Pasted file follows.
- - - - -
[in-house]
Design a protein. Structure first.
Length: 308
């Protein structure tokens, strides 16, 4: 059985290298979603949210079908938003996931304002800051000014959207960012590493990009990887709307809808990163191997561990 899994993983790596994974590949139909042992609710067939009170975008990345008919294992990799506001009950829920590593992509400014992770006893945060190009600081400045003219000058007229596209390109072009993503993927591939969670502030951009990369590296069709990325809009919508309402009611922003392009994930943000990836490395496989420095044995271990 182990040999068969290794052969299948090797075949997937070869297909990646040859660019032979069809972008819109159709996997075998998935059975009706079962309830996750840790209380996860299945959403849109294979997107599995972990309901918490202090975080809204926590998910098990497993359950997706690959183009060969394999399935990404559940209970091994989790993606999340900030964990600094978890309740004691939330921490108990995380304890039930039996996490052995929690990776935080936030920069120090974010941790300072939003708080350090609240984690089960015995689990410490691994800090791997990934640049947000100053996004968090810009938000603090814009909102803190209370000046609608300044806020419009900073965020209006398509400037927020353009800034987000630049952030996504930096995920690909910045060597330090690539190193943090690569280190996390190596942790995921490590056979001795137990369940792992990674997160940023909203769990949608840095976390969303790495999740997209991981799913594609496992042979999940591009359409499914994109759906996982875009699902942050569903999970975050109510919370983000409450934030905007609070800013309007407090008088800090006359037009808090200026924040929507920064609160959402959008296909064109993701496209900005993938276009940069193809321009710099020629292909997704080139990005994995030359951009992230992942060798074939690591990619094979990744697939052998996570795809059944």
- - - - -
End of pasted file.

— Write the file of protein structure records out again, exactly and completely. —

[in-house]
Design a protein. Structure first.
Length: 308
């Protein structure tokens, strides 16, 4: 059985290298979603949210079908938003996931304002800051000014959207960012590493990009990887709307809808990163191997561990 899994993983790596994974590949139909042992609710067939009170975008990345008919294992990799506001009950829920590593992509400014992770006893945060190009600081400045003219000058007229596209390109072009993503993927591939969670502030951009990369590296069709990325809009919508309402009611922003392009994930943000990836490395496989420095044995271990 182990040999068969290794052969299948090797075949997937070869297909990646040859660019032979069809972008819109159709996997075998998935059975009706079962309830996750840790209380996860299945959403849109294979997107599995972990309901918490202090975080809204926590998910098990497993359950997706690959183009060969394999399935990404559940209970091994989790993606999340900030964990600094978890309740004691939330921490108990995380304890039930039996996490052995929690990776935080936030920069120090974010941790300072939003708080350090609240984690089960015995689990410490691994800090791997990934640049947000100053996004968090810009938000603090814009909102803190209370000046609608300044806020419009900073965020209006398509400037927020353009800034987000630049952030996504930096995920690909910045060597330090690539190193943090690569280190996390190596942790995921490590056979001795137990369940792992990674997160940023909203769990949608840095976390969303790495999740997209991981799913594609496992042979999940591009359409499914994109759906996982875009699902942050569903999970975050109510919370983000409450934030905007609070800013309007407090008088800090006359037009808090200026924040929507920064609160959402959008296909064109993701496209900005993938276009940069193809321009710099020629292909997704080139990005994995030359951009992230992942060798074939690591990619094979990744697939052998996570795809059944």